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This Week In America, June 7, 2013

National Nurses United, 6/7/13

Wall Street Buying Main Street.    First, they prize an economy with low wages and keep wages low for generations.   Then they offer mortgages to families whose earnings would never afford them the opportunity to save and buy homes within their budgets.  Next, they switch the bait and raise interest rates on the mortgage payments beyond what workers’ wages can meet.   Defaults ensue and families are evicted—by the millions.  

The house of cards collapses, but not before Wall Street execs stash away billions in ill-gotten gains (and no one goes to jail).   A taxpayer-funded bailout, in the trillions of dollars, follows in what’s termed “Too-Big-to-Fail” and a crisis of “confidence” is announced, invoking calls for austerity across the nation. 

Now, Wall Street starts to buy up entire communities of abandoned homes and rent them to displaced, victimized workers, according to an account in the Huffington Post. “[F]inancial companies have become significant landlords on Main Street…  Some see the emergence of Wall Street buyers as a market-driven answer to the nation’s housing ills. Investment companies are buying up rundown homes at a time when ordinary people can’t or won’t…. ‘In some of the key markets, that contributed to the recovery.’”

Finally, they call it recovery. 

Temp  Jobs on the Rise.   In what ABC News called “a tepid” jobs report, unemployment ticked up to 7.6%, according to the government’s May jobs summary.   “The industries with the strongest employment growth in the last month were temporary help agencies, which added 26,000 jobs,” reported ABC.   Food service employment went up, as well, adding 38,000 jobs in May and 337,000 positions over the past year.   Low wages, no benefits, no security. 

Over the past year the rate of employment has grown at the same rate as the adult U.S. population—58.6%.   Going no where.  Last year, 2012, was the biggest year in corporate profits since 2006, just before the financial collapse.  This year the stock market is booming, with profits on course to top 2012.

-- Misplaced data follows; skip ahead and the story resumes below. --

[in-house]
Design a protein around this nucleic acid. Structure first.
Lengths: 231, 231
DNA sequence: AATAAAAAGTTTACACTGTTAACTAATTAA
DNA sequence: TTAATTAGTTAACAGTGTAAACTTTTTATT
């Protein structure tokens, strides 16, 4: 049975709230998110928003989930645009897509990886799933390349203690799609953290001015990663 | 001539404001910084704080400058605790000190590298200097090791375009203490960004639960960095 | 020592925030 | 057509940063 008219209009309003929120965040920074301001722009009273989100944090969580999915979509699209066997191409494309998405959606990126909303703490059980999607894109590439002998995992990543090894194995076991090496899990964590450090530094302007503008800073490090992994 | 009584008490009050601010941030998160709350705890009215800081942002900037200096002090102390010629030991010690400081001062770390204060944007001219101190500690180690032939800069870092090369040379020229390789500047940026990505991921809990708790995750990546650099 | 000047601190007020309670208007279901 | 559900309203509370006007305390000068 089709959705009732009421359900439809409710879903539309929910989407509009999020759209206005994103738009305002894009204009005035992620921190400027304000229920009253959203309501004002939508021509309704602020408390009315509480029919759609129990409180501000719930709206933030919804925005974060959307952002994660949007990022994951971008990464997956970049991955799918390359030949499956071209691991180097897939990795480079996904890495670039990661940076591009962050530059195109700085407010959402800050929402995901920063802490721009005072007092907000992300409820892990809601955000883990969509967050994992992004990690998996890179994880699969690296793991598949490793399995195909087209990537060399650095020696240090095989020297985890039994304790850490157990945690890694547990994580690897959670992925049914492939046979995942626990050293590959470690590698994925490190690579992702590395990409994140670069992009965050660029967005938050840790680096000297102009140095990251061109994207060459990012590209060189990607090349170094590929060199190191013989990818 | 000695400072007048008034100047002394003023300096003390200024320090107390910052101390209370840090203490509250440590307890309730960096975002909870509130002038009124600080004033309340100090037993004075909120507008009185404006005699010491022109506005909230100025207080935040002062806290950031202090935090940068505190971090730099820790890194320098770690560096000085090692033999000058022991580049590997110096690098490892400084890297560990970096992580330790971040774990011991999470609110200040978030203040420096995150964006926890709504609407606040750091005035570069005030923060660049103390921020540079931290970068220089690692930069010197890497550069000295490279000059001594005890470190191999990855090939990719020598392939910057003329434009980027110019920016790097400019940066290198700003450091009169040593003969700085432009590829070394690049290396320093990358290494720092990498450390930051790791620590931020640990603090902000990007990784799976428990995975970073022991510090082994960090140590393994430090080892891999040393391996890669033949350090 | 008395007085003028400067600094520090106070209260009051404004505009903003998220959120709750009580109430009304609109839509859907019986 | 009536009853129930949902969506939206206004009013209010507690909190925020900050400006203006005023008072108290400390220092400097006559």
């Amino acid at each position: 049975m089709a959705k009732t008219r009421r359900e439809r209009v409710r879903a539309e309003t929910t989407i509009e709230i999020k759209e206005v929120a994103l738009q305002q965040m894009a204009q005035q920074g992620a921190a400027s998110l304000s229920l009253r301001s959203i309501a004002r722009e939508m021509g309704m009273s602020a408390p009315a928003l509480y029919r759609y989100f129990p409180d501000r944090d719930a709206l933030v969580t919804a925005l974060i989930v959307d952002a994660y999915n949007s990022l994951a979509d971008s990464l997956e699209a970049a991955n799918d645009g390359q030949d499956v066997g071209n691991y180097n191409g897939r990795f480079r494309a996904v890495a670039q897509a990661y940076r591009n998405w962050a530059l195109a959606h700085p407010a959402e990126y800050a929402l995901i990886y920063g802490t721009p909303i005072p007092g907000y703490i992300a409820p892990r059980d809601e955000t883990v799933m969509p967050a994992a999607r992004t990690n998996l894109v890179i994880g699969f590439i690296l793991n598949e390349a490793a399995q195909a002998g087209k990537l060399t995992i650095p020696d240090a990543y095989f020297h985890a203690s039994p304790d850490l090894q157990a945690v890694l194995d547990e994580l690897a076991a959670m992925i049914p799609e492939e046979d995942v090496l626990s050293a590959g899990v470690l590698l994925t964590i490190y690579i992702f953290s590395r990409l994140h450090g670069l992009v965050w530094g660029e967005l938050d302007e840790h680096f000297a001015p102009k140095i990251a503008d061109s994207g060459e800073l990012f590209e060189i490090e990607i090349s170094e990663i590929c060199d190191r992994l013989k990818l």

Job Growth Seen as a Negative on Wall Street.  While most Americans prize a full-time job, Wall Street’s view is contrary.  According to the Economix column in the New York Times,  “On Wall Street… there is the possibility that the economy could have created too many jobs…. Analysts are expecting a number around 165,000. If it is close to that, investors are likely to conclude that economic growth is happening, but not at a rate that would lead the Fed to slow down its stimulus.”

The Fed stimulus constitutes near 0% interest rates for the nation’s largest financial institutions.  

Corporations Holding Local Government Hostage.  Companies seeking to open new facilities engage in a bidding war with state and local governments over new jobs in their communities. With enduring high unemployment, desperation sets in and competition takes the form of tax abatements.  

According to a report in the Atlanta Journal Constitution, the value of tax giveaways for homebuilder PulteGroup is nearly $24,000 per job.  The total offered the company could total more than $7.3 million in grants and other assistance, reported the paper. 

Selling Obamacare.   President Obama is in California and selling the Affordable Care Act is on the agenda.  The new program has a fundamental flaw: it builds on a rotten base, one that is infused with price gouging across the board and costs to patients that already fall far beyond household budgets.

Top hospital managers are commonly paid salaries and bonuses above one million dollars annually—both in non-profit and for-profit settings.  Healthcare properties – providers, suppliers, equipment makers, insurance companies - have been Wall Street darlings as prospects of continued high profits abound.   Consolidation is run amok, as some of America’s largest corporate entities seize upon the opportunity to cash out on a lucrative U.S. healthcare market.  

In the meantime, estimates are that tens of millions of  Americans will be uninsured when the full force of the new law kicks in, in 2016.  According to Harvard and City University of New York researchers and published on the Heath Affairs blog,  analyzed Census Bureau data and invoked a model used by the Congressional Budget Office.  “Many people believe that Obamacare will cover everyone,” said study co-author Dr. Steffie Woolhandler. “But the reform is so deeply flawed that 30 million or more will still be uninsured after it’s fully implemented.”  Added lead author Dr. Rachel Nardin, “[M]any more have such skimpy coverage that they face unaffordable co-payments.”

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